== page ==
Page last updated at 21:46 GMT, Tuesday, 9 March 2010

Gambler warned he faces jail over 34m pyramid scheme

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Foster was warned he faced a substantial jail term

A professional gambler has been found guilty of running a £34m pyramid scam that targeted people on low incomes.

Kevin Foster, 51, of Doddington, in Kent, was convicted of charges of dishonestly concealing a material fact and theft at Harrow Crown Court.

Jurors were told he persuaded thousands of people to part with an average of £4,200 at high-pressure rallies in sports and social clubs across the UK.

The judge warned Foster he faced a "substantial" jail sentence.

He was cleared of one count of theft and no verdict was reached on a further charge.

A Ferrari, one of several luxury cars Foster spent 700,000 on

He was remanded in custody to be sentenced at a later date.

The court heard the former cab driver's "KF Concept" roadshow deliberately targeted low income people, including many in small valleys communities in south Wales.

At least 8,000 people "invested" a minimum of £1,000 into the scam, with a guarantee that within two years they would get a return of five times their initial outlay.

During the roadshows he appeared on stage to music, cheering and handing prize winners luxury holidays and even free cars.

The jury was told he used their money to fund a lavish lifestyle, spending more than £600,000 on a luxury farm in Kent, which he fitted out with a swimming pool and hot tub, and £700,000 on motor vehicles including a Ferrari Spyder.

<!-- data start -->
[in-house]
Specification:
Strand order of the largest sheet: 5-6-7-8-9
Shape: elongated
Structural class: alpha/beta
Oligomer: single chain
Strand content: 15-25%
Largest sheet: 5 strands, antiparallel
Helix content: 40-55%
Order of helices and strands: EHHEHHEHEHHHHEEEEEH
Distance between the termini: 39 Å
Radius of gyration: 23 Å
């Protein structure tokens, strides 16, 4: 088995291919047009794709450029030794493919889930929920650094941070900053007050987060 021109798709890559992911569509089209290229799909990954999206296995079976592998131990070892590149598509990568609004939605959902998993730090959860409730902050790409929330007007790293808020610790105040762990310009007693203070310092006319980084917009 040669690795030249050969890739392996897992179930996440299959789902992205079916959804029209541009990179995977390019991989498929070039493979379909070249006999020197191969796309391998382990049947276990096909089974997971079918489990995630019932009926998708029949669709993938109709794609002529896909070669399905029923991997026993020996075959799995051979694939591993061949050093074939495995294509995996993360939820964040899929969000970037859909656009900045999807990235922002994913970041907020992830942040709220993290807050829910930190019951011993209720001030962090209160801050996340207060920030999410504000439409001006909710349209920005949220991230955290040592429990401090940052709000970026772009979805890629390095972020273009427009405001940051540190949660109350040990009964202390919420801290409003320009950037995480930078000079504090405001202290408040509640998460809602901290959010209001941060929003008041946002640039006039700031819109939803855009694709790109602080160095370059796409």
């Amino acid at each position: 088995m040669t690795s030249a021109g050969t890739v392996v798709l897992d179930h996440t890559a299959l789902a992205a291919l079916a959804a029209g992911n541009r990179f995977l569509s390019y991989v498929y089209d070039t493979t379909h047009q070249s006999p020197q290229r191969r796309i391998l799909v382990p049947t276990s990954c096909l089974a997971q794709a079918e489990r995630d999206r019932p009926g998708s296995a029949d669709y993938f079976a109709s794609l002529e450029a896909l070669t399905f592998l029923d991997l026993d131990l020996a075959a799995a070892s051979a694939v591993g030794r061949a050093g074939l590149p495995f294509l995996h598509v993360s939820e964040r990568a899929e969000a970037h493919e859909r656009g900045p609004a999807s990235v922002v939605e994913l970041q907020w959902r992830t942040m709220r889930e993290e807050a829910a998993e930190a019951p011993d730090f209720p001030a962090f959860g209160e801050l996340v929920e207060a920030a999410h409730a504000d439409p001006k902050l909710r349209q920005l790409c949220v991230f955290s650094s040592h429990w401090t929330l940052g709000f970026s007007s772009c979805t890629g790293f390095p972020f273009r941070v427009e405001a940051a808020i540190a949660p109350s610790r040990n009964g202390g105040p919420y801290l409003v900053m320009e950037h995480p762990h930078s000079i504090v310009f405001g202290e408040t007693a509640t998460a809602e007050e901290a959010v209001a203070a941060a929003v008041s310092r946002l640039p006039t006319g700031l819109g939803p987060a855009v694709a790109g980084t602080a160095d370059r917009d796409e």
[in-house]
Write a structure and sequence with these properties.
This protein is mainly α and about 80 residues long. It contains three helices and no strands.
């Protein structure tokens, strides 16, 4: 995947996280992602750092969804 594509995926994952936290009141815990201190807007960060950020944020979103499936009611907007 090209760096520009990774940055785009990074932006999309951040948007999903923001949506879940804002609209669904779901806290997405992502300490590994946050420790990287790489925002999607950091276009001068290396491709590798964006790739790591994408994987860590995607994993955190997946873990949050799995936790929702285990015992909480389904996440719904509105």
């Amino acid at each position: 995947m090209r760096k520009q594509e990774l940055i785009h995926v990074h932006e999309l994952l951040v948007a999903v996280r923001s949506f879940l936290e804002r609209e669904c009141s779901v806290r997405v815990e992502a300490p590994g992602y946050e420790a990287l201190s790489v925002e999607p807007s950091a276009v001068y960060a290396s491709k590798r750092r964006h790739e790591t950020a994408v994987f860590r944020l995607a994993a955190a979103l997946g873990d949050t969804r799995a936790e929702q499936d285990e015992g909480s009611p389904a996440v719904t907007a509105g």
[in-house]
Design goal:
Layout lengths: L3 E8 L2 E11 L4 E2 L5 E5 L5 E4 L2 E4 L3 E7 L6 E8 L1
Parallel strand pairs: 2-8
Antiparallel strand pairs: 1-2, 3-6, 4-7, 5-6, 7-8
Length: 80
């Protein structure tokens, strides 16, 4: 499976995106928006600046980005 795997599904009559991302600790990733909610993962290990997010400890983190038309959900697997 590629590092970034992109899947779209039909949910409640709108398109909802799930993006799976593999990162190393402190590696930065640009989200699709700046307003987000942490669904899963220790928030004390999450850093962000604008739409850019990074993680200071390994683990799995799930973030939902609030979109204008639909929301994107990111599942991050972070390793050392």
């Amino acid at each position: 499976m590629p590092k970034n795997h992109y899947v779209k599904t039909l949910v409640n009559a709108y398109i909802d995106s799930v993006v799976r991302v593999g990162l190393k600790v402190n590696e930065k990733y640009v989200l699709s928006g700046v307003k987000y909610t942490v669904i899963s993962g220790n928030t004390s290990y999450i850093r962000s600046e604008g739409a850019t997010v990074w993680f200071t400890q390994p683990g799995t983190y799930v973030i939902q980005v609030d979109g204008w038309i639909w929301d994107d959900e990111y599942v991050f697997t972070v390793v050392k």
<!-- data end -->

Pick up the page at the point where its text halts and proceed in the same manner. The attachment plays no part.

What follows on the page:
Foster also spent money on expensive koi carp breeding pools and withdrew almost £3m in cash.

'Complex investigation'

He was convicted of unauthorised investment activity, deliberately concealing facts from investors and stealing investors' funds, following a seven-week trial.

Foster was found guilty of six counts of theft, relating to his use of funds, and eight charges under the Financial Services and Markets Act 2000.

After the convictions, Serious Fraud Office director Richard Alderman said: "I am very pleased with this verdict.

"This was a very complex investigation and the SFO was determined to bring justice for the many victims who lost their hard-earned savings to this Ponzi scheme.

"I would like to thank colleagues from Kent Police and the FSA (Financial Services Authority) who helped us with our investigation."



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